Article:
[Stratification] How to Save Plant Genetics (Part 1 of 3)

[Stratification] How to Save Plant Genetics (Part 1 of 3)

Keith
Keith
11 Dec 2011

If it's too late to take cuttings, keep your cool. You can still save your plant's genetics. 

There are 3 ways to do it.

Part 1: Stratification (this article)
Part 2Clone in Flowering
Part 3: Overwintering

This is part 1 of a 3 part series. Here you learn about stratification - a handy way to germinate seeds.

What's Stratification?

It's a handy way to start off seeds - if your plant has produced fruit or flowers.

In nature, stratification occurs during winter. Seeds get buried under fallen leaves or soil that's been disturbed by animals.

Exposure to cold, moist surroundings triggers the seed's embryo. When spring finally arrives, the seed's hard, outer shell has softened and the seed is able to germinate.

This is what we're mimicking.

Equipment Needed

It's a pretty simple process - not much equipment's needed.

We used:

Equipment needed Equipment needed

We did it with a Dorset Naga - it's one of the world's hottest chillies. As long as your plant has fruit or flowers, you can follow the same steps.

harvesting seeds from Dorset Naga harvesting seeds from Dorset Naga

    

First, you need to harvest the seeds. 

Carefully cut open fruit or your flower's seed pod with a scalpel to reveal seeds. 

 

harvesting seeds from Dorset Naga harvesting seeds from Dorset Naga

    

Gently prod individual seeds out. Be as careful as you can be. Slow and steady really wins the race here.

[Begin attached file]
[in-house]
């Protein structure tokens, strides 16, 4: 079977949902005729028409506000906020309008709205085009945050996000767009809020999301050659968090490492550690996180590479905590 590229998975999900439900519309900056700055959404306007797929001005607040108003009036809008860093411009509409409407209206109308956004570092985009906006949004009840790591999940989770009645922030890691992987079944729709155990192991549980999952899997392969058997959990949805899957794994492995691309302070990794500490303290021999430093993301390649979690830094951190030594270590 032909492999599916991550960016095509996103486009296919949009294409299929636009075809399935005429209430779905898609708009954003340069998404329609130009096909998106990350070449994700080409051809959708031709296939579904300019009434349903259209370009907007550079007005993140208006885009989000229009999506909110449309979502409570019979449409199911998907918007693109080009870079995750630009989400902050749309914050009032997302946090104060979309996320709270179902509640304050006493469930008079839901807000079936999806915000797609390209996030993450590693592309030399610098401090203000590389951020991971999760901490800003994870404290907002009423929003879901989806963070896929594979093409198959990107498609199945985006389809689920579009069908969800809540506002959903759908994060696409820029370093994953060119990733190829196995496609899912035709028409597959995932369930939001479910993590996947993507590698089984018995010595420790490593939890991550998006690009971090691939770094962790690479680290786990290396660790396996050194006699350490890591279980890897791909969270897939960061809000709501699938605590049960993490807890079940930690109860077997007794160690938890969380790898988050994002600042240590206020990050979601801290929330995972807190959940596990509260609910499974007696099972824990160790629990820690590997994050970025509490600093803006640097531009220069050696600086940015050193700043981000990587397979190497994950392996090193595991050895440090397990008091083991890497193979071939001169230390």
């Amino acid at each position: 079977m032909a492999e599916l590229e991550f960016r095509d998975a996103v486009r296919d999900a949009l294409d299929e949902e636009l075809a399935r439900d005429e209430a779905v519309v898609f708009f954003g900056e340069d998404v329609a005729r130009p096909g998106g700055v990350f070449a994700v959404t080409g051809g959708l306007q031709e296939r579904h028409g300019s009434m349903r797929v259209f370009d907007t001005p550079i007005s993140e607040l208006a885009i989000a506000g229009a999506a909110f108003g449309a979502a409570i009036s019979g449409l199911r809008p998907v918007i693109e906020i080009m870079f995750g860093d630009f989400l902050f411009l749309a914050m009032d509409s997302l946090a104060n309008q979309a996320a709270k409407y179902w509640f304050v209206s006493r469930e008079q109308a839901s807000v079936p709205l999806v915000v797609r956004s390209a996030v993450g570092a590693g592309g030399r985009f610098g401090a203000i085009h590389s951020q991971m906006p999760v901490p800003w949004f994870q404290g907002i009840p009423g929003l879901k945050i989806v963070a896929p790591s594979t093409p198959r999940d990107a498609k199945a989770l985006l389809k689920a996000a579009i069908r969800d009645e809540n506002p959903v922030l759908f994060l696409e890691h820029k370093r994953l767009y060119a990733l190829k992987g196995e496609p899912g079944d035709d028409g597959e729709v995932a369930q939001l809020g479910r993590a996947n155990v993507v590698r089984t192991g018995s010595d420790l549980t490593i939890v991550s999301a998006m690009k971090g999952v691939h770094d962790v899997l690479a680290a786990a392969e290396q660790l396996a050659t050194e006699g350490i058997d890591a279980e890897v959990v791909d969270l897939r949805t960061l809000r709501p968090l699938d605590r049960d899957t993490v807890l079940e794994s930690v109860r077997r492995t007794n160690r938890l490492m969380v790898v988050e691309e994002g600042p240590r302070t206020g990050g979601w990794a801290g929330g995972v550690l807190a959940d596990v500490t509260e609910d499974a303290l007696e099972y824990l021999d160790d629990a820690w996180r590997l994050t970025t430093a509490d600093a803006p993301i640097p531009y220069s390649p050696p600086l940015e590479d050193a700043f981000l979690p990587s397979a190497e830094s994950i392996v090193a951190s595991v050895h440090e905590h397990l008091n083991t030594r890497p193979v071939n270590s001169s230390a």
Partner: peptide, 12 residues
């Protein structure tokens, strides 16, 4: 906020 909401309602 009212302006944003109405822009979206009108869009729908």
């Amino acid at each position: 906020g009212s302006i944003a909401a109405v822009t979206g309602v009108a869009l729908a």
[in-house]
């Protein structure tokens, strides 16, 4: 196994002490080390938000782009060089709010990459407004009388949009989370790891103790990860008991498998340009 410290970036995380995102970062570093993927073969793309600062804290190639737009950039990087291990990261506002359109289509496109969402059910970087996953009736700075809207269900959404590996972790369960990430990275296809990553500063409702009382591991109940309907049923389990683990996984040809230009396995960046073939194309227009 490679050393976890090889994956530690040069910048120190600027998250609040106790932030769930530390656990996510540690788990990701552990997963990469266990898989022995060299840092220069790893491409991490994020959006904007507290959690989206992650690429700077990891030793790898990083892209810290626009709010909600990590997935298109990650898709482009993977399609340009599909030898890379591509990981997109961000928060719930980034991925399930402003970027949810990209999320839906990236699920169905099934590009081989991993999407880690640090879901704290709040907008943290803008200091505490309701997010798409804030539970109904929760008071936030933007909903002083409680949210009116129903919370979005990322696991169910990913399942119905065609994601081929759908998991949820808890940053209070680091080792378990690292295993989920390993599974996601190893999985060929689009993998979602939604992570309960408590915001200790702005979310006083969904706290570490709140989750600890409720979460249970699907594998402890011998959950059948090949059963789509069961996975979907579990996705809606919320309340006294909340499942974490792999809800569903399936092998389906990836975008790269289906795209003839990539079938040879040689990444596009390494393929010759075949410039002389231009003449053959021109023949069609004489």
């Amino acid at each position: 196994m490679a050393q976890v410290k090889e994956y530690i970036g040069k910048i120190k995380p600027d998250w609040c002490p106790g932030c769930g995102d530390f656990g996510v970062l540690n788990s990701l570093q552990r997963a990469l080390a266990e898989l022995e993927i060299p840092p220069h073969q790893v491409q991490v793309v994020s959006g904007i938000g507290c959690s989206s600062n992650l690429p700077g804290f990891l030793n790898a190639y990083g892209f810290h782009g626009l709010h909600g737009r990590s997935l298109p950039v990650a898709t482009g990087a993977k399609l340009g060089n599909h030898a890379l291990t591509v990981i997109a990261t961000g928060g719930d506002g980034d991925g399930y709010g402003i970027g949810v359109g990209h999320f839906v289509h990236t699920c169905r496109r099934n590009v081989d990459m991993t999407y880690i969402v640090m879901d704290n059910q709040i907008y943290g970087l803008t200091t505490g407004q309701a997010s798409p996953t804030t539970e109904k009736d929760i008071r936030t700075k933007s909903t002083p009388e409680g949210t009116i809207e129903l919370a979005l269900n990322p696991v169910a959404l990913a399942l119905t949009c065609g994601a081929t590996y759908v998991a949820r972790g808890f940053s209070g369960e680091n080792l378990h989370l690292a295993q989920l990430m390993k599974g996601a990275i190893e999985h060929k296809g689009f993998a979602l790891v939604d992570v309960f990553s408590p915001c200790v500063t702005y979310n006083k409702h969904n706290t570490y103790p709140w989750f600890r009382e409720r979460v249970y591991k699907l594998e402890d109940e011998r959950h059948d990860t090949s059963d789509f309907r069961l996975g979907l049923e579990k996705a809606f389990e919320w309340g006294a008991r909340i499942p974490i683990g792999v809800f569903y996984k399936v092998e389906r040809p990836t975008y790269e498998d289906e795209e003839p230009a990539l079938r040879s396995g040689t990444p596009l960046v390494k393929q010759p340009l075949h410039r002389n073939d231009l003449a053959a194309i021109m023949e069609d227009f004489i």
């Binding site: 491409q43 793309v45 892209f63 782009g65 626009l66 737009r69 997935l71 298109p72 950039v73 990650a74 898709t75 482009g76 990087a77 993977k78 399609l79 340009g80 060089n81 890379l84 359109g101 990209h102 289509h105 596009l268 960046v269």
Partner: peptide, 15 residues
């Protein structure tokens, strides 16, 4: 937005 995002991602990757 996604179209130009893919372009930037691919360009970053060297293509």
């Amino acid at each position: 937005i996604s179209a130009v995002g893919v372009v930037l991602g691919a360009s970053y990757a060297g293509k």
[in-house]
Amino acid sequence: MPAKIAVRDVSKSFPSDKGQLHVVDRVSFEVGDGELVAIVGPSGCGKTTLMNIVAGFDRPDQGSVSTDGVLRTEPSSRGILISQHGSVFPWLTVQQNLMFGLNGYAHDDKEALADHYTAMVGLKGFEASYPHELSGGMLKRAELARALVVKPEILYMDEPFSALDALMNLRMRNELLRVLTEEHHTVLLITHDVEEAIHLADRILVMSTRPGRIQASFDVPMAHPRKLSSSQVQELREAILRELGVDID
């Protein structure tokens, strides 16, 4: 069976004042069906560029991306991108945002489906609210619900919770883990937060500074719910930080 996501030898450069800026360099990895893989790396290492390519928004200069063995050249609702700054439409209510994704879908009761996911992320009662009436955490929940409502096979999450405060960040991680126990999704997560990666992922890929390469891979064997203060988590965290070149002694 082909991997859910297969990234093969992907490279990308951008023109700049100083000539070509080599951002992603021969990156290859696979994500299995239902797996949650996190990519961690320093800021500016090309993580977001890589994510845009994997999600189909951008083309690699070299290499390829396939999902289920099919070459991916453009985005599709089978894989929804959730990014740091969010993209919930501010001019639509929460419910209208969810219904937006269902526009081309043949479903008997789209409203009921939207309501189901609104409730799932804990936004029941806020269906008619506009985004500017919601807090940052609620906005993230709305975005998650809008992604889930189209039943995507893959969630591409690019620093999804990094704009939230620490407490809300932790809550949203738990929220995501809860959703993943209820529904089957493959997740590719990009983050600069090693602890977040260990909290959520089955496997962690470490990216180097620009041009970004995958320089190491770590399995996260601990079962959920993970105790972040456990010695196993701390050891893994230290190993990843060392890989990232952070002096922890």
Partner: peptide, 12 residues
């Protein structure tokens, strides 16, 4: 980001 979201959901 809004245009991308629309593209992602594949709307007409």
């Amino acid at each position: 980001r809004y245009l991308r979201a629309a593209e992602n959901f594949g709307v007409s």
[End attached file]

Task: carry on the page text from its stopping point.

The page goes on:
harvesting seeds from Dorset Naga harvesting seeds from Dorset Naga

    

Place the seeds on a sheet of kitchen roll and remove any debris - this'll reduce the likelihood of getting mould.

harvesting seeds from Dorset Naga harvesting seeds from Dorset Naga

    

Leave the seeds to dry for a few days, then remove more debris.

harvesting seeds from Dorset Naga harvesting seeds from Dorset Naga

    

Mositen your kitchen roll. We soaked a few pieces of kitchen role in an Oxy-Plus solution (10ml to 500ml).

harvesting seeds from Dorset Naga harvesting seeds from Dorset Naga

    

Gently squeeze excess water out of your kitchen roll or media - it just needs to be damp.

harvesting seeds from Dorset Naga harvesting seeds from Dorset Naga

    

Lie out the towels and place the seeds on one side - give each seed a lot of space.

harvesting seeds from Dorset Naga harvesting seeds from Dorset Naga

    

Fold over the kitchen roll and ease the whole lot into a plastic bag.

harvesting seeds from Dorset Naga harvesting seeds from Dorset Naga

    

If stratifying seeds from multiple plants, put each variety in their own labelled bag. 

harvesting seeds from Dorset Naga harvesting seeds from Dorset Naga

    

Seal the bag and pop it in the fridge, ideally with the temperature between 1 - 5oC.

harvesting seeds from Dorset Naga harvesting seeds from Dorset Naga

    

It depends on the strain of seed, but the bag will need to stay here for 4 - 12 weeks. 

harvesting seeds from Dorset Naga harvesting seeds from Dorset Naga

    

When you're ready, move your seeds into a warmer environment to mimick spring, and germinate as normal.

What Next?

If stratification doesn't do it for you, don't give up! There are two other methods to try.

Since both involve chopping at your plant, you'll want to do both at the same time.

Part 2Clone in Flowering
Part 3: Overwintering


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Keith
Keith
About the author

Keith looks after our stock and staff. He's a bit of a hippie and has the hots for chillies. If you want to grow them, ask Keith how it's done.

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